Discover more about Peer Support

This fantastic service has been helping our students for over 20 years. Find out more about it...

peer support
Two hands putting puzzle pieces together.

When did the Peer Support service begin?

Peer Support was first established in 2000, and is run by the EDI and Student Welfare team at the Open University Students Association. A huge amount of work went on behind the scenes to get the service up and running, from re-writing the Peer Supporter Handbook to fighting for Peer Supporters to have OU email addresses, and a lot of this work was carried out by Vice President Student Support, Alison Kingan.

Alison says: “As Vice President Student Support I have been so proud to oversee the Peer Support Service over the past decade, and help mould it into its current format. My responsibilities are boring, behind-the-scenes activities! However, it is the Supporters who make the Service what it is because they are the ones helping students. I believe the Peer Support Service is the best thing the Students Association offers because of the difference the fantastic Supporters make to students. As Peer Supporters operate behind pseudonyms, they are the unsung heroes of the Association.”


What is a Peer Supporter? 

Peer Supporters are current OU students who give their free time to help other students who might be struggling. They are empathetic, patient, good communicators and are non-judgemental. Each Peer Supporter is given a pseudonym when they first join, so that anonymity can remain between themselves and the students. Peer Supporters go through training, and once they take on the role they will be assigned an experienced Peer Support buddy who will act as a mentor throughout their first few months. There is always plenty of support from Peer Support admin, the VP Student Support and from fellow Peer Supporters. 


What do they do?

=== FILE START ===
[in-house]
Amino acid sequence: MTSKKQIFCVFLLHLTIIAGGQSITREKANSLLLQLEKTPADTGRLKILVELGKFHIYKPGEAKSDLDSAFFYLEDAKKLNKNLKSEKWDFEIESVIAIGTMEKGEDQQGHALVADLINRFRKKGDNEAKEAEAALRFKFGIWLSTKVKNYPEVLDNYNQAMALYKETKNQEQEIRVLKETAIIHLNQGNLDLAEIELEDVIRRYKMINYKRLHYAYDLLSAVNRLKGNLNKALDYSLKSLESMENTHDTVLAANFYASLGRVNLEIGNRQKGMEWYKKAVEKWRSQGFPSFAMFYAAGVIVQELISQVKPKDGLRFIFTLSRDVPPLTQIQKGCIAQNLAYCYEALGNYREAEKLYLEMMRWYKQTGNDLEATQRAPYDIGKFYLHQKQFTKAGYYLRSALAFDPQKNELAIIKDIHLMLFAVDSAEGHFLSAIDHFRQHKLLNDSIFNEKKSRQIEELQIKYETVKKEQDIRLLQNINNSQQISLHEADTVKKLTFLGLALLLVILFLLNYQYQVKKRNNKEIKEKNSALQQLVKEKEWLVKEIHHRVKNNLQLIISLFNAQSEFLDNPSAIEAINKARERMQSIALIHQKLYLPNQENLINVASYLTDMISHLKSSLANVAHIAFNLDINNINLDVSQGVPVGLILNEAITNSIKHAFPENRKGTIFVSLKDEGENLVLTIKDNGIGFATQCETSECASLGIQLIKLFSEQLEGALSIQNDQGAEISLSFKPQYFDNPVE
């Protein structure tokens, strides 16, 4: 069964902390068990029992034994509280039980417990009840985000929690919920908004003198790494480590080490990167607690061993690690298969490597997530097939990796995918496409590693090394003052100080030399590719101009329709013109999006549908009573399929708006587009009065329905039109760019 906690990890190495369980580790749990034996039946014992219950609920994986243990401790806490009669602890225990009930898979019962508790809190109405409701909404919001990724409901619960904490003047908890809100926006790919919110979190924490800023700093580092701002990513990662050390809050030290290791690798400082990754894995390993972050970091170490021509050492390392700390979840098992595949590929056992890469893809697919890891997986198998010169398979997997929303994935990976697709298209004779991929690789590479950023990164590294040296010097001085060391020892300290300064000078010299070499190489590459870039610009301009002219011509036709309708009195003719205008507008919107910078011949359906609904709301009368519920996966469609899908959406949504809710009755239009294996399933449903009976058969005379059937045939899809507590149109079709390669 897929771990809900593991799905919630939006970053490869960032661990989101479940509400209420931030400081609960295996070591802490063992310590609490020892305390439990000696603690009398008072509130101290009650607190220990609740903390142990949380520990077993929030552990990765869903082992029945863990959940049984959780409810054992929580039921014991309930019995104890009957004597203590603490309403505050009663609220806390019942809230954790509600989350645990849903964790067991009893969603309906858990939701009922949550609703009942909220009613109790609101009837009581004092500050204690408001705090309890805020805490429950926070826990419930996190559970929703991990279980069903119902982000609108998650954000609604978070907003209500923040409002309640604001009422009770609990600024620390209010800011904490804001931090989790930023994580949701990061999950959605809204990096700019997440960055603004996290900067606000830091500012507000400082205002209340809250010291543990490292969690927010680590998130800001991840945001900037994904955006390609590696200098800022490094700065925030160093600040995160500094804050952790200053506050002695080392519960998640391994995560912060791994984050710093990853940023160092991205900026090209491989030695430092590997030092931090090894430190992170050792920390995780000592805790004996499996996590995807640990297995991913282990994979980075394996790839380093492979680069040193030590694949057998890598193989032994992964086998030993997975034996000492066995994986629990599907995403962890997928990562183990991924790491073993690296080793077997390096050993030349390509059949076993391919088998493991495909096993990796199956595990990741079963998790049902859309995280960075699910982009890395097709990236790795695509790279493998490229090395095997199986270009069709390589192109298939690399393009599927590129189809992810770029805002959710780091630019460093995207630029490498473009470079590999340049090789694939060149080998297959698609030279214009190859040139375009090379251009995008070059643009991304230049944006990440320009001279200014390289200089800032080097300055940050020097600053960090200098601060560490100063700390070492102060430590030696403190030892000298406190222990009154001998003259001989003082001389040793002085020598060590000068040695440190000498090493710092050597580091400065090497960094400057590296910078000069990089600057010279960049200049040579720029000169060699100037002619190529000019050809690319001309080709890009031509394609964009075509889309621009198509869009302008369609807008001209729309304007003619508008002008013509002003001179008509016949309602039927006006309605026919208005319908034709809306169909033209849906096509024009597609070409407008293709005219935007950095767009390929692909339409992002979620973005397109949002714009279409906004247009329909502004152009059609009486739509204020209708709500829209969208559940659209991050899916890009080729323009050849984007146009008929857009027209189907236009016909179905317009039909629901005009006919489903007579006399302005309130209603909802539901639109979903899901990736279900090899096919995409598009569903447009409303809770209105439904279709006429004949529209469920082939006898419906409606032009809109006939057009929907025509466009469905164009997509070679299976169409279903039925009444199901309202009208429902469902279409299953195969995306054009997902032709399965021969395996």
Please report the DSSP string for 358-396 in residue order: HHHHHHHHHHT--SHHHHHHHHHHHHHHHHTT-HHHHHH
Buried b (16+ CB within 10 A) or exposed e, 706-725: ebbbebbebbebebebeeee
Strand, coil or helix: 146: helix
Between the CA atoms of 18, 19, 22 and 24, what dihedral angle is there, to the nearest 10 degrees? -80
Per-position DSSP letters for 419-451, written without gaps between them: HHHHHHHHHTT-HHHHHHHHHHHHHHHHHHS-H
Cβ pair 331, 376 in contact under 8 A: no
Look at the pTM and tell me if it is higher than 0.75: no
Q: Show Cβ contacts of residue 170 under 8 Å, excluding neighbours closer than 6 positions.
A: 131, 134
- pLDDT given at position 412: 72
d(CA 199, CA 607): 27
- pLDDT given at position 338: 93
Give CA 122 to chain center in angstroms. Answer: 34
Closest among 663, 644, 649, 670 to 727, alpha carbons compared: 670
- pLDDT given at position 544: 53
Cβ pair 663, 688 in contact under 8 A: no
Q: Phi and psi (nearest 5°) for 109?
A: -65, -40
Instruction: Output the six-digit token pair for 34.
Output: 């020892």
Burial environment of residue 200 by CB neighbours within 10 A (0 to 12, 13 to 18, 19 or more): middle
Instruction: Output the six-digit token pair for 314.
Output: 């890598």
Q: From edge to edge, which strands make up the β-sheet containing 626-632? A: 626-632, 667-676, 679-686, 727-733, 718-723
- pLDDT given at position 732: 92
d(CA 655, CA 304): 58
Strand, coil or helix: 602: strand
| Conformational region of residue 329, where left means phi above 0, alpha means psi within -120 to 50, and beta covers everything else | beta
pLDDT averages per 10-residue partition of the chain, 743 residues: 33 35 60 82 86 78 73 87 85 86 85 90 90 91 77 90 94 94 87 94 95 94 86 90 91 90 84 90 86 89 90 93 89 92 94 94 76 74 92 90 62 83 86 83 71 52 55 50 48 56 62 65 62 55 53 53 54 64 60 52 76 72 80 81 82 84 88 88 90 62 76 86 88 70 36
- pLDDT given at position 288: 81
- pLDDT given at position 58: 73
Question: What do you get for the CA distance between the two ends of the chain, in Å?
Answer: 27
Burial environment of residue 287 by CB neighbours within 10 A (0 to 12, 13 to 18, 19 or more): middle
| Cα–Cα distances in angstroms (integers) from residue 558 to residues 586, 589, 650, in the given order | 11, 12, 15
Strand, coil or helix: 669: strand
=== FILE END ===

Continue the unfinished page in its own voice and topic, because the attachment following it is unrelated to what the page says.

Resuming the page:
Support can be offered in two ways. Firstly, it is given via email, Facebook Messenger and dedicated forums. Students who are struggling can ask questions, and whoever is on a Peer Support shift will help to answer them. These questions can cover a variety of issues, including time management, study skills, feeling isolated and even some mental health problems. However, while some of these queries will have simple, quick solutions, sometimes students will require a bit more support, so they will be partnered with a Peer Supporter for some one-to-one help.


Peer Supporters can offer a listening ear and are there for support, but they can’t give advice. When students need academic advice on their studies, Peer Supporters can signpost them to the correct department at The OU. These can be questions about assignments, referencing, special circumstances and referrals. When dealing with mental health issues, Peer Supporters can advise students on what help there is available.   


Why is the service needed? 

Studying anything and anywhere can be an overwhelming and anxiety-provoking experience, but throw into the mix the fact that you're studying on your own, without the close proximity to other students in lectures or classes, it can be even more daunting. Students can sometimes feel unmotivated, isolated and generally despondent. Juggling study, work and home life can sometimes be very difficult, so having someone to be there to listen to concerns, answer queries and generally be there to support you can be such a relief. A problem shared is a problem halved, as the saying goes.  


Why do they do it? 

Hearing from current Peer Supporters, it’s easy to see why they offer their free time to help others. Being an OU student, Peer Supporters know how it feels to study at a distance, to feel the tension of an impending TMA, to remain connected with fellow students, and to feel motivated each day to study. So being able to give support to other students who might feel the same way can be so rewarding. Having a student tell you that they received an excellent mark on their TMA, after they had really struggled with the time management side of things, and were on the verge of dropping out, is so satisfying and makes it all worthwhile. It’s also a great experience to have on a CV!